For the last time yesterday, the Russian high-altitude research aircraft Geophysica and the German Aerospace Centre’s (DLR) Falcon set off for tropical thunderclouds in Darwin (Australia). Over the last four weeks, the research aircraft undertook a total of nine joint measurement flights in the tropical atmosphere at the interface between the troposphere and stratosphere. Within the framework of the SCOUT-03 Project, they collected data which will be incorporated into the discussion on climate change, for instance at world climate conferences. The aircraft measurement campaign is part of the integrated EU project SCOUT-03 and was coordinated by Research Centre Jülich together with colleagues from the ETH Zürich (Swiss Federal Institute of Technology), Cambridge University and the DLR.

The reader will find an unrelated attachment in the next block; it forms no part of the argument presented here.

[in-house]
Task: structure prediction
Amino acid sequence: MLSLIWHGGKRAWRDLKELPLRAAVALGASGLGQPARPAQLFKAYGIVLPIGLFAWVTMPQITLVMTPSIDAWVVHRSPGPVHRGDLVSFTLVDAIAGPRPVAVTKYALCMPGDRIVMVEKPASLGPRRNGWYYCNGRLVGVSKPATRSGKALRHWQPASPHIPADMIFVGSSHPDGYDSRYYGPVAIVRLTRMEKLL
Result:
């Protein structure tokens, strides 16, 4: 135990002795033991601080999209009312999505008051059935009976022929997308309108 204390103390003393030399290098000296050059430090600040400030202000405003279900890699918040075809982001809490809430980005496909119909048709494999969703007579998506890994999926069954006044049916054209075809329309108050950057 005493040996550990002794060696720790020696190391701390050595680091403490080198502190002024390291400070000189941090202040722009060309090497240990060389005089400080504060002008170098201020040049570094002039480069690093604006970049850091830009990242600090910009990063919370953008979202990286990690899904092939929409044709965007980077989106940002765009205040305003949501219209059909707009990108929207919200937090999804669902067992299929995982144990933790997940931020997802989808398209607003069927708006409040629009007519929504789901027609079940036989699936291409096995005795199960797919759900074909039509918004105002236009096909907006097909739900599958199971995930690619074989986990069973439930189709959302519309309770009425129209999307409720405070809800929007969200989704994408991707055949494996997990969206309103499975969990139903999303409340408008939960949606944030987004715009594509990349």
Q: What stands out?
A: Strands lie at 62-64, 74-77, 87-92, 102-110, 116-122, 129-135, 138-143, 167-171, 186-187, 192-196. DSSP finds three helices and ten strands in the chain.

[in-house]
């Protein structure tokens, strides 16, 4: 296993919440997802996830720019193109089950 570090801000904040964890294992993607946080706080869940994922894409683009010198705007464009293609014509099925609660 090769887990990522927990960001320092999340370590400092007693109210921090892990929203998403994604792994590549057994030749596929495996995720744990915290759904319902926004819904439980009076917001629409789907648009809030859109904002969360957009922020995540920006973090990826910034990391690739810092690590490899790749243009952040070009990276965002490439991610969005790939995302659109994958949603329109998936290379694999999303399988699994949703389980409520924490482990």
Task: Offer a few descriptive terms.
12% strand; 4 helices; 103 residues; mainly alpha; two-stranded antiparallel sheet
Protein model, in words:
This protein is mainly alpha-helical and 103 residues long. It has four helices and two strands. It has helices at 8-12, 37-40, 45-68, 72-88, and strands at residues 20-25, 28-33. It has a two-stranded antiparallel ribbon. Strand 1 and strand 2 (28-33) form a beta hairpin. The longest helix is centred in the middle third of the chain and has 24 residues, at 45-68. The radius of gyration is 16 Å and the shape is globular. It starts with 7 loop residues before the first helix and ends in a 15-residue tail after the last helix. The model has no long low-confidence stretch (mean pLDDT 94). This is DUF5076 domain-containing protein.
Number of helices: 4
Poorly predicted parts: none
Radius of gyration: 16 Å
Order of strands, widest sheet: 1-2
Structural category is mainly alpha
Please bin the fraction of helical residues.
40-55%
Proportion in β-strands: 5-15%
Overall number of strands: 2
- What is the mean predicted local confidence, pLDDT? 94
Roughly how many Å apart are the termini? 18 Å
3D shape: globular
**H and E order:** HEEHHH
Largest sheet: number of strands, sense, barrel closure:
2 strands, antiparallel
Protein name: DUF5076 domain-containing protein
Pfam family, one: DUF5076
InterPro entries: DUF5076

SCOUT-03 is analysing how the stratospheric ozone layer will change over the coming decades under conditions of global change. Scientists will thus be able to provide findings that will enable global assessments of ozone depletion and climate change to be made and incorporated into the Kyoto Protocol, for example. The Kyoto Protocol is currently being discussed at the World Climate Conference in the Canadian city of Montreal.
The measurement campaign in Australia focused on thunderclouds, which form almost daily at this time of year at altitudes of up to 20 kilometres at the "top end" of Australia. The tropics are of particular importance because this is where the exchange of air masses occurs between the lower (troposphere) and upper atmosphere (stratosphere). They are therefore the source region for many trace gases, such as chlorofluorocarbons, nitrogen oxides and water, which have a global influence on the ozone chemistry of the stratosphere. The gigantic thunderclouds on Darwin’s doorstep transport these air masses directly into the stratosphere within a short period of time.
Peter Schäfer | alfa
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